Mt Bobs and Lake Sydney

Mt Bobs; 1111m; Abel #145

This walk had been on the list for a little while; unfortunately I still hadn’t received my camera back from getting repaired and was stuck with my phone camera.   We were really lucky with the weather with warm, blue skies and most importantly, no wind.  The plan was start at the Farmhouse Creek track around 11am then walk up to the lake before stopping for some late lunch.  We would then walk around Lake Sydney to set up camp on the southern side, near the start of the climb to the saddle.  The next morning we would head up to Bobs and the Boomerang then return to camp and collect our packs and walk back out.

After a second breakfast stop at Banjos in Huonville we arrived at the start of the Farmhouse Creek track around 11:15.  Ten minutes later we were off and followed the track along the banks of Farmhouse Creek where we encountered two large tiger snakes in the space of two minutes sun baking by the creek.  We walked next to the creek for approximately 2 hours until we reached the fallen tree that is used to cross over to the other side.  After a few quick snacks we crossed the log and continued away from the creek.  This part of the track has some particularly boggy sections, even in the middle of summer.  After about 500m we reached a small tree covered in ribbon indicating the turnoff to Lake Sydney,  where shortly after we arrived at a small clearing that could be used as a campsite if necessary.  After leaving the clearing through a small opening on the left hand side, you enter an almost impenetrable wall of cutting grass, vines and bauera with a gap just large enough to push your way through.  Luckily this section doesn’t last that long and before you know it you begin to climb up towards the Lake Sydney.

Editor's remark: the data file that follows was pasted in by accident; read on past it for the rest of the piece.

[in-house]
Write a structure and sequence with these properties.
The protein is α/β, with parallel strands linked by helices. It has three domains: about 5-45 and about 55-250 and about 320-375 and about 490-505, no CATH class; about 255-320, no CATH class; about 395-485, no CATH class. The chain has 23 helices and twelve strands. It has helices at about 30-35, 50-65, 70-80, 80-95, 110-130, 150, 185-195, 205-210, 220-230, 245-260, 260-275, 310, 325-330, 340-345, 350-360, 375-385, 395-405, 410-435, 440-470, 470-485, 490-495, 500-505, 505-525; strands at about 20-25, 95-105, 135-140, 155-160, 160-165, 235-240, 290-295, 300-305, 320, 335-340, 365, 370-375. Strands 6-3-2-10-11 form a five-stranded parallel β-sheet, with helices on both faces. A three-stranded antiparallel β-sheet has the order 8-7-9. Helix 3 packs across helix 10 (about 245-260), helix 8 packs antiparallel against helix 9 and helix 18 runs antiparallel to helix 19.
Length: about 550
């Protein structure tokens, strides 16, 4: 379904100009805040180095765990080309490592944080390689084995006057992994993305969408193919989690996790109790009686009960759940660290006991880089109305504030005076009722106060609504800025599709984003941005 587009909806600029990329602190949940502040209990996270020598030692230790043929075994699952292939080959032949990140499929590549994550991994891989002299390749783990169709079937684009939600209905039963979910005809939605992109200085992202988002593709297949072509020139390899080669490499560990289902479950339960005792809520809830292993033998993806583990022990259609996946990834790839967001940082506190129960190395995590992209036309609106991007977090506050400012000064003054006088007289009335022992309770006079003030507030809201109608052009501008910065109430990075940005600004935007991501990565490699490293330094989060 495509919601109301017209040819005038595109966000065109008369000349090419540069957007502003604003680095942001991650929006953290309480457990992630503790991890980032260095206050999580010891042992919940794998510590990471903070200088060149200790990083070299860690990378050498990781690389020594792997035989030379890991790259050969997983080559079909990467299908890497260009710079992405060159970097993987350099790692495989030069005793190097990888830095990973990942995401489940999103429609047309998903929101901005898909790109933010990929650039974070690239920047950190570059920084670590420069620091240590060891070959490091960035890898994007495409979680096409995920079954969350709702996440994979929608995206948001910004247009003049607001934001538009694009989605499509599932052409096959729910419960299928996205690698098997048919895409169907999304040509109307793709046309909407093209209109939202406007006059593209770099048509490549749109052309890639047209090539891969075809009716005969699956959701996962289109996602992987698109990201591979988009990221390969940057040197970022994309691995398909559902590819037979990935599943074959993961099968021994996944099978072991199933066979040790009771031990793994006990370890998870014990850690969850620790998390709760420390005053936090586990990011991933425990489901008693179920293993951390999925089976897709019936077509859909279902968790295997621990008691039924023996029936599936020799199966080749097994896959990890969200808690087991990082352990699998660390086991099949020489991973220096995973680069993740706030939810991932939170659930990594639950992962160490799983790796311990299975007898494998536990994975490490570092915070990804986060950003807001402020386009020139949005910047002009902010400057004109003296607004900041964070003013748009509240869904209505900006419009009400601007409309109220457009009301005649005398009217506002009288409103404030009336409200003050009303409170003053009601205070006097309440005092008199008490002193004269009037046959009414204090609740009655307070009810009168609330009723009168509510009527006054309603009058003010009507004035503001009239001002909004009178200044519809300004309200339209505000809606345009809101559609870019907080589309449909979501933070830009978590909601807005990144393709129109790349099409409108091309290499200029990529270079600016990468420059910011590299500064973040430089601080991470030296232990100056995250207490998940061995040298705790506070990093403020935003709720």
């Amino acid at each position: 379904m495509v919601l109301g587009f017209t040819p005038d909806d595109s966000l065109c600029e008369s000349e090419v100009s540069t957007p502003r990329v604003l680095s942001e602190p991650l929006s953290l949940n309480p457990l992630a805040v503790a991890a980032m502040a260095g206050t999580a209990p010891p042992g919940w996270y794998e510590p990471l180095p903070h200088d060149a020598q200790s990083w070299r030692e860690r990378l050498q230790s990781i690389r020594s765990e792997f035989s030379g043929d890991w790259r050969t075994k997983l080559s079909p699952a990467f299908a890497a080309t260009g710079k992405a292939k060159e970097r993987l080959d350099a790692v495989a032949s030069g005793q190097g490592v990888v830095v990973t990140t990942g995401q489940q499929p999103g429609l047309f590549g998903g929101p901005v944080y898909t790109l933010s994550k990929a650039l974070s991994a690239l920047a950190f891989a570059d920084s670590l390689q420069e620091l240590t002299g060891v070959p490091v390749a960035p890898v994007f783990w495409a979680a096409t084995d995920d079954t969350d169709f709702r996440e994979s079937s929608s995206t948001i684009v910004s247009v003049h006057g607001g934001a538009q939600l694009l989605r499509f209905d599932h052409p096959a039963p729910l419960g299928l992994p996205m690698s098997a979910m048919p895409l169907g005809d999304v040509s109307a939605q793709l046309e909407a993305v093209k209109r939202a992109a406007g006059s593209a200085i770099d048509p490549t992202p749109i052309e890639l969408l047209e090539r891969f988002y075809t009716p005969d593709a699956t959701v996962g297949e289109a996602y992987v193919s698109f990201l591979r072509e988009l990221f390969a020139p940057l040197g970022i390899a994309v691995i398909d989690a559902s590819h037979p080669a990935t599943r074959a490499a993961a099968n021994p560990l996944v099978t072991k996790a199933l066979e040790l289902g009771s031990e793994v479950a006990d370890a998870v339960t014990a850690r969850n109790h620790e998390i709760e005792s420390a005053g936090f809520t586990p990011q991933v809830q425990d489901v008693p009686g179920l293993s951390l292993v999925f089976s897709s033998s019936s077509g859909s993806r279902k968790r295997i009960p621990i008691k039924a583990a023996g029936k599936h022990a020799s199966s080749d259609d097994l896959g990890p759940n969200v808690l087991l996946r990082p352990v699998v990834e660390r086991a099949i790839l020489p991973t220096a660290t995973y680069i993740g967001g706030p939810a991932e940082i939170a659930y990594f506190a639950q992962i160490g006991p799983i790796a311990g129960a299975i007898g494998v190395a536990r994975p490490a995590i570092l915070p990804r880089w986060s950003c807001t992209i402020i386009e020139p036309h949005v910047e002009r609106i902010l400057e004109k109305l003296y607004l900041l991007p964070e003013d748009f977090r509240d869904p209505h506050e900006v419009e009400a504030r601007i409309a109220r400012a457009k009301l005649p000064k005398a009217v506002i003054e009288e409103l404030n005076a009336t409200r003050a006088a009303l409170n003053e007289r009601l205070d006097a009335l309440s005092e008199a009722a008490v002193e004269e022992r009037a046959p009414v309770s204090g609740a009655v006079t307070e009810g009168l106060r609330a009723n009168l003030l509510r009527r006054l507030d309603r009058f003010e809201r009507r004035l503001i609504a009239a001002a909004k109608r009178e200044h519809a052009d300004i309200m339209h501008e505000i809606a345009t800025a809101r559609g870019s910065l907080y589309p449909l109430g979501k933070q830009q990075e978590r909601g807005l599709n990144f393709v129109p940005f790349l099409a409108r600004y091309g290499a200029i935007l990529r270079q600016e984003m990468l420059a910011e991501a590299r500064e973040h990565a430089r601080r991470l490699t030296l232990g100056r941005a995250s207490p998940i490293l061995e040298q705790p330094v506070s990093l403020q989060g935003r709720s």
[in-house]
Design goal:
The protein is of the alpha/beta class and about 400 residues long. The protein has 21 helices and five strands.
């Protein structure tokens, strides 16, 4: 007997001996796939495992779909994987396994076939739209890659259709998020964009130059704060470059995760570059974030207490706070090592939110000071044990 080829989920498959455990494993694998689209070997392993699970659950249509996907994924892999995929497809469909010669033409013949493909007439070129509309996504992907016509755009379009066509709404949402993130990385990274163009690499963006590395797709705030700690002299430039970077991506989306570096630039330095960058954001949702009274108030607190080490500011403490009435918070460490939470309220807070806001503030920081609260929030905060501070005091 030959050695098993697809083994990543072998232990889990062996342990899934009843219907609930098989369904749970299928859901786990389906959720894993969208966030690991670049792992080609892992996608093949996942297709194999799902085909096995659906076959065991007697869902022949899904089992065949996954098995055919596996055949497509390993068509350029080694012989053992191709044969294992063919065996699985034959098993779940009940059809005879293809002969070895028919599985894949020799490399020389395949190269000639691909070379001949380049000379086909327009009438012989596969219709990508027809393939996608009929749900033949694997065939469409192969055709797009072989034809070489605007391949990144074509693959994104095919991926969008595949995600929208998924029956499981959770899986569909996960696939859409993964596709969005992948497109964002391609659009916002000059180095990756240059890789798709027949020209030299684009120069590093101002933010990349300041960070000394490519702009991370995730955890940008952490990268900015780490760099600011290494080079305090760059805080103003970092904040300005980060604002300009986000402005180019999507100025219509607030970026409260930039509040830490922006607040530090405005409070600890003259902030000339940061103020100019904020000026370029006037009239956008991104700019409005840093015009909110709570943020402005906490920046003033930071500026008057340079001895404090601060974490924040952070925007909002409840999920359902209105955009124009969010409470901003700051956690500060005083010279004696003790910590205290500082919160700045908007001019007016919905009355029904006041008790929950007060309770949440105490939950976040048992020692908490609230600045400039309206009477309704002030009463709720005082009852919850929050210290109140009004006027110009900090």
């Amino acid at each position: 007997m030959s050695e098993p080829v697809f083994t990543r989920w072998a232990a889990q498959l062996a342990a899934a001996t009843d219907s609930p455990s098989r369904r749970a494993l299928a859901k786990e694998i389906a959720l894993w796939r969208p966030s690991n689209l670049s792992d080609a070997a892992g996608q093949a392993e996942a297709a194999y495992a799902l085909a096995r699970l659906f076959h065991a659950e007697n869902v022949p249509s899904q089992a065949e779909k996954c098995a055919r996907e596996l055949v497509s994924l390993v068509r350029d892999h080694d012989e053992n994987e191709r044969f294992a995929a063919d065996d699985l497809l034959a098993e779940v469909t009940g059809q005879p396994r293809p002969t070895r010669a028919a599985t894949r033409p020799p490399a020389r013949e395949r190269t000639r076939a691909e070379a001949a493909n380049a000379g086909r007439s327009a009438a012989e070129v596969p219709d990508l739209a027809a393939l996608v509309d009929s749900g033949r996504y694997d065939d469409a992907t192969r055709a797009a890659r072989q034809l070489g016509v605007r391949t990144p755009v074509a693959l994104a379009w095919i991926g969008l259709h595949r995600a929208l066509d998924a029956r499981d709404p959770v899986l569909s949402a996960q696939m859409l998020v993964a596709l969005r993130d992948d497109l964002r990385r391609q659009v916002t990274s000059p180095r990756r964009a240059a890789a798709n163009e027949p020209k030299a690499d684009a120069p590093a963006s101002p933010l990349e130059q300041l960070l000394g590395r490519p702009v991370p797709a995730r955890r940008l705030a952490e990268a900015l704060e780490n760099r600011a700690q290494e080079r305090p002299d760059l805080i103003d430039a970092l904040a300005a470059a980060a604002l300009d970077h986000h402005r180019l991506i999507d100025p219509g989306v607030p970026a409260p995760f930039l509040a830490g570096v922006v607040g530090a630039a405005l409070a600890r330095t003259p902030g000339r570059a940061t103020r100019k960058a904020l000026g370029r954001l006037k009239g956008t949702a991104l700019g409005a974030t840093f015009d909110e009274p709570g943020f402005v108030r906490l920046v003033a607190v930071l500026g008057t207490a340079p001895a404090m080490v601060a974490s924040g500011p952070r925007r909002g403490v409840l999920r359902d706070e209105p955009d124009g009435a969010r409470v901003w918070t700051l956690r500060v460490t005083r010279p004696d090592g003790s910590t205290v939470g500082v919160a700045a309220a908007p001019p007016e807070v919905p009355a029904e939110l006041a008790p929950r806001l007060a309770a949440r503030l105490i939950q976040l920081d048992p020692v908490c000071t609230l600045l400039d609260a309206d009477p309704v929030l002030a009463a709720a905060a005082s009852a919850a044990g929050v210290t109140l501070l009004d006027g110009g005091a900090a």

After climbing over and under a number of fallen trees and nearly treading on the third and final snake of the day we eventually reached a small opening that provided fantastic views back towards Chapman and Burgess, as well as Federation Peak.  We knew we were getting close  to the lake so we took a few quick photos then continued on our way.  From memory the track climbs a little bit more before it starts to decent into the marshy sections between Pine Lake and Lake Sydney.  About 1 hour after reaching the lookout we arrived at the sinkhole, where we stopped for a late lunch before walking around the other side of the lake.

From here on in there is no track except for the occasional ribbon in the dense forest on the way up to the saddle.   At first it was easy; all we had to do was follow the lake around the western side.  Just before reaching the camp we arrived at a small cliff that prevented us from continuing.  We had to backtrack slightly and head up into the forest above the cliff.  This section was fairly steep and scrubby and took a bit of effort with large packs on.  Before long we had reached the campsite, 5 hours and 25 minutes after leaving the Farmhouse Creek carpark.  We set up camp quickly so that we could have a quick swim and enjoy what was left of the afternoon sun.  The cliff that prevents you from walking around the lake provides a good spot to jump into the water as it drops off pretty quickly.  While we were sitting around the camp we spotted a platypus swimming out towards the middle of the lake, as well as a cormorant that seemed to be a long way from home.  That night the sky was clear and provided an excellent view of the milky way, further adding to my annoyance of not receiving my camera back in time for this walk.